So what is enbrel?
It’s used to treat a number of diseases. The idea is that it targets specific components of the immune system that are involved in the disease process. In auto-immune diseases, your immune system is attacking your body’s own tissues instead of just invaders like infections or viruses. It’s supposed to help reduce inflammation.

How much does it set you back?
Apparently is costs about $250-$300 a week. I have  pretty good insurance so we’ll see what that covers. In addition, they give you an enbrel insurance card. While it’s not clear where exactly this coverage comes from, the idea is that it will help subsidize the costs of the enbrel. So again, once I pick up my actual dosages, I’ll report back.

So, that was my Friday afternoon. Awesome, right? From here, I schedule a PT assessment with the PT at the Rheumy’s office and then take my shots for a month and then go back in and get blood tests taken again to see where we’re at.


5 responses »

  1. Pingback: Tired, Itchy, and Calculating Submitted Charges « Taking the World by Storm

  2. I’m not going to lie – sometimes that 15-16 seconds feels like the LOOOONGEST time. But, after 2 years of practice, I do have a few suggestions for making it slightly less horrible:

    (1) Most important thing I have learned is this: let the Enbrel sit out of the fridge for about 10 minutes before injecting. This makes it sting A LOT less. It’s important not to let it sit out for longer than 10 minutes – if it gets too warm it won’t work – but if you let it warm up just a little bit it will sting a lot less. We usually set a timer on one of our phones when we take it out of the fridge so we don’t forget about it and ruin a dose (which has also happened before)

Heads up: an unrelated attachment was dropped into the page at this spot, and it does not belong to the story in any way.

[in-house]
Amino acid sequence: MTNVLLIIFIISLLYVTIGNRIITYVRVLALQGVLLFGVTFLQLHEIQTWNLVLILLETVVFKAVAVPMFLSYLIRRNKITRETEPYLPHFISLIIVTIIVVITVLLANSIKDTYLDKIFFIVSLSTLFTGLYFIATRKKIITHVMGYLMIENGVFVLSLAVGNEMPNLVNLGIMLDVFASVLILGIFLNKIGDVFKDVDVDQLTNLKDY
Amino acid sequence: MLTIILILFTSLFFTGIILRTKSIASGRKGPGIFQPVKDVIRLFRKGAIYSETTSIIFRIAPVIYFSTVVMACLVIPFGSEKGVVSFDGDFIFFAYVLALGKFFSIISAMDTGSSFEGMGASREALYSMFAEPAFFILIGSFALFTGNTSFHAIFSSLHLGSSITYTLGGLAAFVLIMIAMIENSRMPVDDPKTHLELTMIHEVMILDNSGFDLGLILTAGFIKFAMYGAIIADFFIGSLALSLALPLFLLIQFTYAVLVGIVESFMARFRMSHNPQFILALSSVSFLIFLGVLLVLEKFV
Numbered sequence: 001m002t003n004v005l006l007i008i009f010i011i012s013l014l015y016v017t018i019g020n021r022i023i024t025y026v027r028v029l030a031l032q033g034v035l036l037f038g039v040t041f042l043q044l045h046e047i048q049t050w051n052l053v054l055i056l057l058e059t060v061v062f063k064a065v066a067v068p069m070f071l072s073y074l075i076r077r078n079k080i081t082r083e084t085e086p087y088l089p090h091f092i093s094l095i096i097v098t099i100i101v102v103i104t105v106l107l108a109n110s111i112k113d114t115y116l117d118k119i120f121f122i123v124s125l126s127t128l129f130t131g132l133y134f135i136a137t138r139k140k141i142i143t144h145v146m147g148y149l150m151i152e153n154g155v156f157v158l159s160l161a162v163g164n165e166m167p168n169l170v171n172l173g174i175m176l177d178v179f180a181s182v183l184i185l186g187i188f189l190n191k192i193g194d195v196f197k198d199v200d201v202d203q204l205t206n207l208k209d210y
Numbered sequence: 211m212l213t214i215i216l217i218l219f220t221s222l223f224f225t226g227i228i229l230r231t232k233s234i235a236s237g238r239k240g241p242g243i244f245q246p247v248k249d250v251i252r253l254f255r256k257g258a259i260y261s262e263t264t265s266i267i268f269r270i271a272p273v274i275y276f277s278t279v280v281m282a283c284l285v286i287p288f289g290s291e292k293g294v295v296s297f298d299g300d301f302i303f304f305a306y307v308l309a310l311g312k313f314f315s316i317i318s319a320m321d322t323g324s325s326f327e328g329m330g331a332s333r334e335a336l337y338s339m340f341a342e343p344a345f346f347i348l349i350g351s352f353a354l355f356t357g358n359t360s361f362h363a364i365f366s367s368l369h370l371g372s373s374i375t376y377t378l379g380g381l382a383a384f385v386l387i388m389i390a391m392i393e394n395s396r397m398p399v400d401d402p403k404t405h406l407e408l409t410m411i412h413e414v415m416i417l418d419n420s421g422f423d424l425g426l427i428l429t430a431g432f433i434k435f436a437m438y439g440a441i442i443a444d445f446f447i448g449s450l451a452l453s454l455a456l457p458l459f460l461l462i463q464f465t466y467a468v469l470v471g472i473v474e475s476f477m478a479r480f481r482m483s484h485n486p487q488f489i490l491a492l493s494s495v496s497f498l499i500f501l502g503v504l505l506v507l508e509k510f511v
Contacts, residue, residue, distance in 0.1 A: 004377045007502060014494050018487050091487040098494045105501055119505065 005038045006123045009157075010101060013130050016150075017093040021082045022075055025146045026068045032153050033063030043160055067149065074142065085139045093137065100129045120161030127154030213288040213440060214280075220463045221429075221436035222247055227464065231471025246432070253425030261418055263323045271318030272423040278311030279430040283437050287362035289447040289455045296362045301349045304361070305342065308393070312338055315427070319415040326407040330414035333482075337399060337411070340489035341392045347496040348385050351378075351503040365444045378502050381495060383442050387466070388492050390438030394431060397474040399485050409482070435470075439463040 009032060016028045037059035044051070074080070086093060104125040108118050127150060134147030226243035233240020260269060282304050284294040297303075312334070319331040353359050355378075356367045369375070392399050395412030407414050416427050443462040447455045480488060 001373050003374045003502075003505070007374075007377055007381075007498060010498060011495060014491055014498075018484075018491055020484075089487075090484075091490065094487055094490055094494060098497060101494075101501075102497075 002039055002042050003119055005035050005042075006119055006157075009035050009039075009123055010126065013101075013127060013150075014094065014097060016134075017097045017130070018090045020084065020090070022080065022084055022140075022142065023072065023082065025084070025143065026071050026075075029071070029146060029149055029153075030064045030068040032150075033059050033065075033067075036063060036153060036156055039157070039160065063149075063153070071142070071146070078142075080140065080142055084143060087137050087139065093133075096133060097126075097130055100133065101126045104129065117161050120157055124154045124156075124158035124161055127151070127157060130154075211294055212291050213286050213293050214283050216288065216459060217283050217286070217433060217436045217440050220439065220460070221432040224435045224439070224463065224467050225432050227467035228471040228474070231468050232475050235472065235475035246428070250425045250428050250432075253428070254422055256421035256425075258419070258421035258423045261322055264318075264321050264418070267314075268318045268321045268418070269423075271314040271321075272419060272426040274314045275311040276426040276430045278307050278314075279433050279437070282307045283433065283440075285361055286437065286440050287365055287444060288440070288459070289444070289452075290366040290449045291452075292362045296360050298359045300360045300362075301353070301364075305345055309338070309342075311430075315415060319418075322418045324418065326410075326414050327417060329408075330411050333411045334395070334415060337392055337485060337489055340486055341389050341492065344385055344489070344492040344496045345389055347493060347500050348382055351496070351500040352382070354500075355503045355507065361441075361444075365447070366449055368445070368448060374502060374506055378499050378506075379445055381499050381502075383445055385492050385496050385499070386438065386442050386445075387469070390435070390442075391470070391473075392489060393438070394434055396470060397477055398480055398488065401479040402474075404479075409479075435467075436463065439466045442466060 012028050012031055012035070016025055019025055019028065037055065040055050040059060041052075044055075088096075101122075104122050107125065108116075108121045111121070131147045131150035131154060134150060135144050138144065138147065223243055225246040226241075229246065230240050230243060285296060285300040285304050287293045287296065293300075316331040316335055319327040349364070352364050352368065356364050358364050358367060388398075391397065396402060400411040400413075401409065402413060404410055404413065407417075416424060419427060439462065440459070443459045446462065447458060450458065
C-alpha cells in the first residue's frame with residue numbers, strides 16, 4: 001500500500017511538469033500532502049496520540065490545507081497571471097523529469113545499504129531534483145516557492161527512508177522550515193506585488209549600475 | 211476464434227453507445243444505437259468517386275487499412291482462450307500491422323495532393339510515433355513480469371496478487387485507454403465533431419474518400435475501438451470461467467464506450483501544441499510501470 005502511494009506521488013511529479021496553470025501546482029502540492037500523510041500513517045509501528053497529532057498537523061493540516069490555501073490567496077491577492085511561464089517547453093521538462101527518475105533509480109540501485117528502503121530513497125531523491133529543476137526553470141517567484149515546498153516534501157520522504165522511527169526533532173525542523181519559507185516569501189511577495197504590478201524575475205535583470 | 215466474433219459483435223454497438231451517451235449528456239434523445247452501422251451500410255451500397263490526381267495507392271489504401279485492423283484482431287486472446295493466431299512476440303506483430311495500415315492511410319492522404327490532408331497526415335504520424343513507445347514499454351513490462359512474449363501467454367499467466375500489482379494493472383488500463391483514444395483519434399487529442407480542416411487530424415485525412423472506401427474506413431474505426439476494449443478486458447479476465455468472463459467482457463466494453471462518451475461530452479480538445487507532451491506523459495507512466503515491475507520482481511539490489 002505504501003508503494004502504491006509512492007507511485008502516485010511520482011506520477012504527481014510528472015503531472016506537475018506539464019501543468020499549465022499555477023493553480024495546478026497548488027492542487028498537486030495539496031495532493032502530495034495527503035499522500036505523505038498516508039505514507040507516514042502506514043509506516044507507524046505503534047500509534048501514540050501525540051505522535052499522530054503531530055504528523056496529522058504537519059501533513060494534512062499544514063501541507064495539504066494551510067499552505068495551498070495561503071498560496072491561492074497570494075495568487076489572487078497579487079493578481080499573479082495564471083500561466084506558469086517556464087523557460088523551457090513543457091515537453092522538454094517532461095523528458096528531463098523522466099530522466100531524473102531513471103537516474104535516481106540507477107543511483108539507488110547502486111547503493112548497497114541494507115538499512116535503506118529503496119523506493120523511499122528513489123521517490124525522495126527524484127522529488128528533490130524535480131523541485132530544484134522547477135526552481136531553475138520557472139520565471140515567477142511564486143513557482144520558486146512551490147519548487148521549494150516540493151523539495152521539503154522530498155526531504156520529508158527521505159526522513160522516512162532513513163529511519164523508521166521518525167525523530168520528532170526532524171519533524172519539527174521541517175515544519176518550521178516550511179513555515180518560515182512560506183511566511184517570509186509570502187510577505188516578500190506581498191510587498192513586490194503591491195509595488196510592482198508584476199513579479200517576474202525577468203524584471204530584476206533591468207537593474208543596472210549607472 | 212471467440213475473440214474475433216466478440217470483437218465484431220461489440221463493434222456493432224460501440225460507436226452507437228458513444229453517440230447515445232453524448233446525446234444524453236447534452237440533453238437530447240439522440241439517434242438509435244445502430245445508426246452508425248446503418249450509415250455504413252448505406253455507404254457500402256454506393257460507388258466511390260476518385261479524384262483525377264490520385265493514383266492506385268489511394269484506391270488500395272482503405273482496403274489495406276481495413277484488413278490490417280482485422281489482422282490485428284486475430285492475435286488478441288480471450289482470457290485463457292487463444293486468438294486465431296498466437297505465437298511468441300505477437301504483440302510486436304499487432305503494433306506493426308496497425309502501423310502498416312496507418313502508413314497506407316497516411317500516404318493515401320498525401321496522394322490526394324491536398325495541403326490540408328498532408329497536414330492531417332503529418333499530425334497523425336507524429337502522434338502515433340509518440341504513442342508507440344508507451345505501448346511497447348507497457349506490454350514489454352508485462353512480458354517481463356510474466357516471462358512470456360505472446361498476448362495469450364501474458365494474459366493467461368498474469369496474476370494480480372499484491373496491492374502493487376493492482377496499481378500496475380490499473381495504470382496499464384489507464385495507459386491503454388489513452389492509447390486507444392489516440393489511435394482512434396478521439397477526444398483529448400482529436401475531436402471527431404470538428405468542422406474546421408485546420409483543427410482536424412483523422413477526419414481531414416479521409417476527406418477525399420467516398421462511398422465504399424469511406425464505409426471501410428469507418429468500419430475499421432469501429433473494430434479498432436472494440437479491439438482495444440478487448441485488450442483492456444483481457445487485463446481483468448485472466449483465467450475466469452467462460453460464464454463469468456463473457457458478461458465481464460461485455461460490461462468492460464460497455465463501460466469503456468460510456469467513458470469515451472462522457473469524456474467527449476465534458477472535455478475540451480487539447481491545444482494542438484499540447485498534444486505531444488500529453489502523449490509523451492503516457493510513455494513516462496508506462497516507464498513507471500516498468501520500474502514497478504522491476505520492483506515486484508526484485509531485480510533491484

(2) You probably won’t get a bruise every time. I’ve had a few truly horrible ones (like this one: http://fromthispoint-forward.blogspot.com/2010/12/enbrel-bruise.html) but those are actually pretty rare occasions considering I’ve been doing this for two years now. I’ve also heard that if you are really having trouble with bruising it can help to ice the injection site before doing the injection. I’ve heard this can help with the pain too.

    (3) Experiment with spots on your leg – some will be easier than others. And it helps to switch legs with each injection so you don’t stress your thighs out. Because, honestly, who wants stressed out thighs?

    (4) Occasionally when I do my injection the site will get extremely itchy afterwards – it is the weirdest thing because it only happens every once in a while. When it does, there is usually a little lump on the injection site afterwards. I’ve found the best way to deal with this is to ice it until it dies down.

    (5) These days, APL pretty much does all my injections. He shares your abject fear of needles, yet somehow he is able to handle injecting them in to me. I actually find this is a pretty good system. I show him where I want the injection and then pretty much think about something else until it is done. Sometimes not having to press that little button myself is a lifesaver. I’m sure Andrew would be willing to press the button for you once and a while, to give you a break.

    Ok. That’s all the lecture I can think of right now. Please remember that I’m really not trying to tell you what to do, just sharing my own experiences. ~;o) Let me know if you have any other specific questions you think I might be able to help with. Back to catching up on your blog!!!

  3. Pingback: I’ve Never Had Allergies (other than bees). « Taking the World by Storm